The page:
I'm sorry to say that I don't have a whole lot to go on with this one.

It's likely a sword and sorcery story, and it's also likely that I read it in a collection of short stories some time in the 1990's, although my instinct is to think that the collection was older than that (maybe even a DAW book from the 1970's). Also, frankly, I remember so little about it that it may have been a 'weird planet' story or even space opera genre tale.

The main character of the tale was imprisoned in a city that was famous for its awful and inventive tortures, and he had something like a week to live, with his tortures getting worse every day. I don't think he was a criminal, but he might have been a spy, or an enemy combatant that had been captured.

Each night, a woman from the city snuck in and tended to his wounds, just a little bit, and she promised to help him escape, "soon", if he could just hold out a little bit longer.

Towards the end of the tale she revealed herself to be one of the torturers, and the hope that she was giving him was part of the torture itself, and by taking his hope away she was helping to complete his torture.

And that's all I remember! I don't recall how it ended or exactly why he'd been imprisoned, but the image of hope being part of the torture has always stuck with me.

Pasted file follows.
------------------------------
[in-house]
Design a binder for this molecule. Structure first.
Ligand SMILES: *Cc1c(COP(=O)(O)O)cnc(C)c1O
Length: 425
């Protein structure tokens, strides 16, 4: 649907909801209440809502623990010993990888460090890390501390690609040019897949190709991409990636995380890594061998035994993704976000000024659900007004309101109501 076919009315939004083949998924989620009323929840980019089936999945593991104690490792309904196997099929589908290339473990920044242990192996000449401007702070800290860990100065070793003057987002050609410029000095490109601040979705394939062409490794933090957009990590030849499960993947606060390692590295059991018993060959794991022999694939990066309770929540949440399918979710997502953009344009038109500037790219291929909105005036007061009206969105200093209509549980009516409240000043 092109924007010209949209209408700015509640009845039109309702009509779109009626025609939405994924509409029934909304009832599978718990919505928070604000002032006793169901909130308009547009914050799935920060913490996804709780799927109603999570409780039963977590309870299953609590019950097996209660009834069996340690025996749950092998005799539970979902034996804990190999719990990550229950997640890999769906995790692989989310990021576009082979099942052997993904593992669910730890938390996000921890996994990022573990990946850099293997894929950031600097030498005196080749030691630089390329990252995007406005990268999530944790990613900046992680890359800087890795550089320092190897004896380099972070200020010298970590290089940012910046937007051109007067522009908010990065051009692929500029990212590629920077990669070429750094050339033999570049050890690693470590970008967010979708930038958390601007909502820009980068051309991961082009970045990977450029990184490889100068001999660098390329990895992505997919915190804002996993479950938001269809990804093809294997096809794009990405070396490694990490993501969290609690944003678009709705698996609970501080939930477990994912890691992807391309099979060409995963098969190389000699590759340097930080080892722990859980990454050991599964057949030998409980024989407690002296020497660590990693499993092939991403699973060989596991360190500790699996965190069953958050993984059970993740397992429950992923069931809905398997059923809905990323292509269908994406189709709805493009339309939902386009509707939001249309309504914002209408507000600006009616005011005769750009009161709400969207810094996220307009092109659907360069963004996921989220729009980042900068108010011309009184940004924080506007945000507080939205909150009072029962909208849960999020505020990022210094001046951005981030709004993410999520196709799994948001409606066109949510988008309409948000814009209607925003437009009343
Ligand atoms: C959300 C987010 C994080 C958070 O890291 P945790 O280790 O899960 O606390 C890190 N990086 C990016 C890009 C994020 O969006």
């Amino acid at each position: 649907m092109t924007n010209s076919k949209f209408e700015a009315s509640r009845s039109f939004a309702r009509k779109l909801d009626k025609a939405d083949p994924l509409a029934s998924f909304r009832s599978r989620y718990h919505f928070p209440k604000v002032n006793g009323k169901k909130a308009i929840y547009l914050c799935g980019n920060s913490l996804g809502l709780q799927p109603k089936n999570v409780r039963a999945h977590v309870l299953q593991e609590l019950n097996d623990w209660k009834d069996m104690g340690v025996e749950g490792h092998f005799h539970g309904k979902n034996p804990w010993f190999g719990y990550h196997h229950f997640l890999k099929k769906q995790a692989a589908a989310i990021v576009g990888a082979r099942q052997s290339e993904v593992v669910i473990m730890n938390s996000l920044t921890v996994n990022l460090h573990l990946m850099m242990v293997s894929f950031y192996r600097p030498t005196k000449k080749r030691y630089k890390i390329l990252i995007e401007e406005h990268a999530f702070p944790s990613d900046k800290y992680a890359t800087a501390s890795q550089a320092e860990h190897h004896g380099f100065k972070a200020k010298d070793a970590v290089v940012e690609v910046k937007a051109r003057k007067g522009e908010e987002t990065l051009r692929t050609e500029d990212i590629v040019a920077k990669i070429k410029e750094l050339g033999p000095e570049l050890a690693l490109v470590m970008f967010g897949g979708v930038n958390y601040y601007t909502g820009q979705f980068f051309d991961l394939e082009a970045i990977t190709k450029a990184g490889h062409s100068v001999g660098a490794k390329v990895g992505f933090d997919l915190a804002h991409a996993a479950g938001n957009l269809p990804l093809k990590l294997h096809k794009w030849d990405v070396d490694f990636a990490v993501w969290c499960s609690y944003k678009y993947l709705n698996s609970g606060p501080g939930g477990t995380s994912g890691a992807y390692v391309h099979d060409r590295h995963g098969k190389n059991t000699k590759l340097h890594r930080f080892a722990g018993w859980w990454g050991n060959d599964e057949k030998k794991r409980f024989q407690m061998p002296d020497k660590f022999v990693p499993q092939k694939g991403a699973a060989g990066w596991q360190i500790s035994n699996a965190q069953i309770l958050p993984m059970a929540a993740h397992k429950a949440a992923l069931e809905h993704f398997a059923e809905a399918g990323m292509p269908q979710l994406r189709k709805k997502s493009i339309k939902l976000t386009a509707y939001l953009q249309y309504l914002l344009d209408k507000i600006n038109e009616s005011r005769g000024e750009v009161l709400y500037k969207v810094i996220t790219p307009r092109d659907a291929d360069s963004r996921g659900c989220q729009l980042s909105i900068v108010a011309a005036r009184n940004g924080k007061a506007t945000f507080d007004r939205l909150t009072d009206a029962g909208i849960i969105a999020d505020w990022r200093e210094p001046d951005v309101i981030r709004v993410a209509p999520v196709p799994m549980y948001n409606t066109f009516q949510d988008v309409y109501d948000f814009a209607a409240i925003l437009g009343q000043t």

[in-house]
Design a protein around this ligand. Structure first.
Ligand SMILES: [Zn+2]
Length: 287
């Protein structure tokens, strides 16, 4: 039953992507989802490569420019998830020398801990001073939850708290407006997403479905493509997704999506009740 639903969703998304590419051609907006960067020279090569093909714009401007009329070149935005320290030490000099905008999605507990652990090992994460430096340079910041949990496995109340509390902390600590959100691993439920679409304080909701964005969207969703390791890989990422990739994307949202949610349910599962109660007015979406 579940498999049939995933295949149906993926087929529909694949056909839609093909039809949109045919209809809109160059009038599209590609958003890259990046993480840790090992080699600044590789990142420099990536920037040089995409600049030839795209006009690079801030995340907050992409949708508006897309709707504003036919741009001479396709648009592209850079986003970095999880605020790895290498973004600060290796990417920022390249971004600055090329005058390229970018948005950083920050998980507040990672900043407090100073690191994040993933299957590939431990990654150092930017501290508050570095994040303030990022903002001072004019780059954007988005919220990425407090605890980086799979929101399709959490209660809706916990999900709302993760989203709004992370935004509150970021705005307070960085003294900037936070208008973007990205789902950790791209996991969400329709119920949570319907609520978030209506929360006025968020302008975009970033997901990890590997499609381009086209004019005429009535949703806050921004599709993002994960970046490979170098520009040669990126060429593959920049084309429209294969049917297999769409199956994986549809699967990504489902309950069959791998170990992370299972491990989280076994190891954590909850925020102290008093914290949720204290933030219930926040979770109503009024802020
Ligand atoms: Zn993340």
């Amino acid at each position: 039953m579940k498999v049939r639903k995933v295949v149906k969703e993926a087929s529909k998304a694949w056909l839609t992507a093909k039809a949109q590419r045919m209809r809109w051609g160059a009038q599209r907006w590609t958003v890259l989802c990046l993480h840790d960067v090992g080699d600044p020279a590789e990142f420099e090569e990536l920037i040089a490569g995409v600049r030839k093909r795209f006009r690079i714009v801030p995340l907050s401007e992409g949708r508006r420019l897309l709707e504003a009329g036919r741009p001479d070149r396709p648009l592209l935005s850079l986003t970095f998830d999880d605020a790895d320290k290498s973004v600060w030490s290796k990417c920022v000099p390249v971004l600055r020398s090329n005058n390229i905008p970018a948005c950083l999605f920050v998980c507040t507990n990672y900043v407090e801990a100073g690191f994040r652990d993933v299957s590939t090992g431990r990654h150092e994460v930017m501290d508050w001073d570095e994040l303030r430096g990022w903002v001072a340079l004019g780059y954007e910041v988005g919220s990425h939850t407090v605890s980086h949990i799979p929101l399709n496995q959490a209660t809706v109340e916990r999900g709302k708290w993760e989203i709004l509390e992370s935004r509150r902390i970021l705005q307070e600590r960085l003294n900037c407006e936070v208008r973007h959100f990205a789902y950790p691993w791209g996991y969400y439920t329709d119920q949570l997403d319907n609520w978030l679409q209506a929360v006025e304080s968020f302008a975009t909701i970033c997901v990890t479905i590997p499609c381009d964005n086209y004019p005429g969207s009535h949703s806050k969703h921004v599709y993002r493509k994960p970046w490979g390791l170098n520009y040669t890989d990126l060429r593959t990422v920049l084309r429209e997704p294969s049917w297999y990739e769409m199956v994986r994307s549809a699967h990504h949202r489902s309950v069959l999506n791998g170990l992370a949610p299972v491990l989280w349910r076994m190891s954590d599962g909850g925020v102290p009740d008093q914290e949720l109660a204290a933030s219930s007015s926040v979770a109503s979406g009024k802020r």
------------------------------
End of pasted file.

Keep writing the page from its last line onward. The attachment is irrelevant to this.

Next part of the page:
I'd love to track this story down and read it so I can find out how it ends!

Thank you.

1 Answer 1


This is The Isle of the Torturers by Clark Ashton Smith. Exact plot match.

It was originally published in Weird Tales and is one of his 'Zothique' stories, which explains why you might remember it being... a weird tale.

  • 3
    Moreover, that March 1933 issue of Weird Tales is available at the Internet Archive, and the text of the story is also available at The Eldritch Dark, a site devoted to the works of Clark Ashton Smith.
    – user14111
    Commented Jul 26, 2017 at 20:50
  • @user14111 Good to know!
    – LAK
    Commented Jul 26, 2017 at 21:04
  • 1
    This was one of those story identification questions for which I knew the answer just from reading the question title.
    – Buzz
    Commented Jul 26, 2017 at 22:31
  • Fantastic! This must be it - I read a LOT of Lovecraft and Mythos-cycle authors' works back then, I'm certain I read it in one of Ashton-Smith's collections. Thank you very much - this site is a fantastic resource!
    – Alex Bates
    Commented Jul 27, 2017 at 11:31

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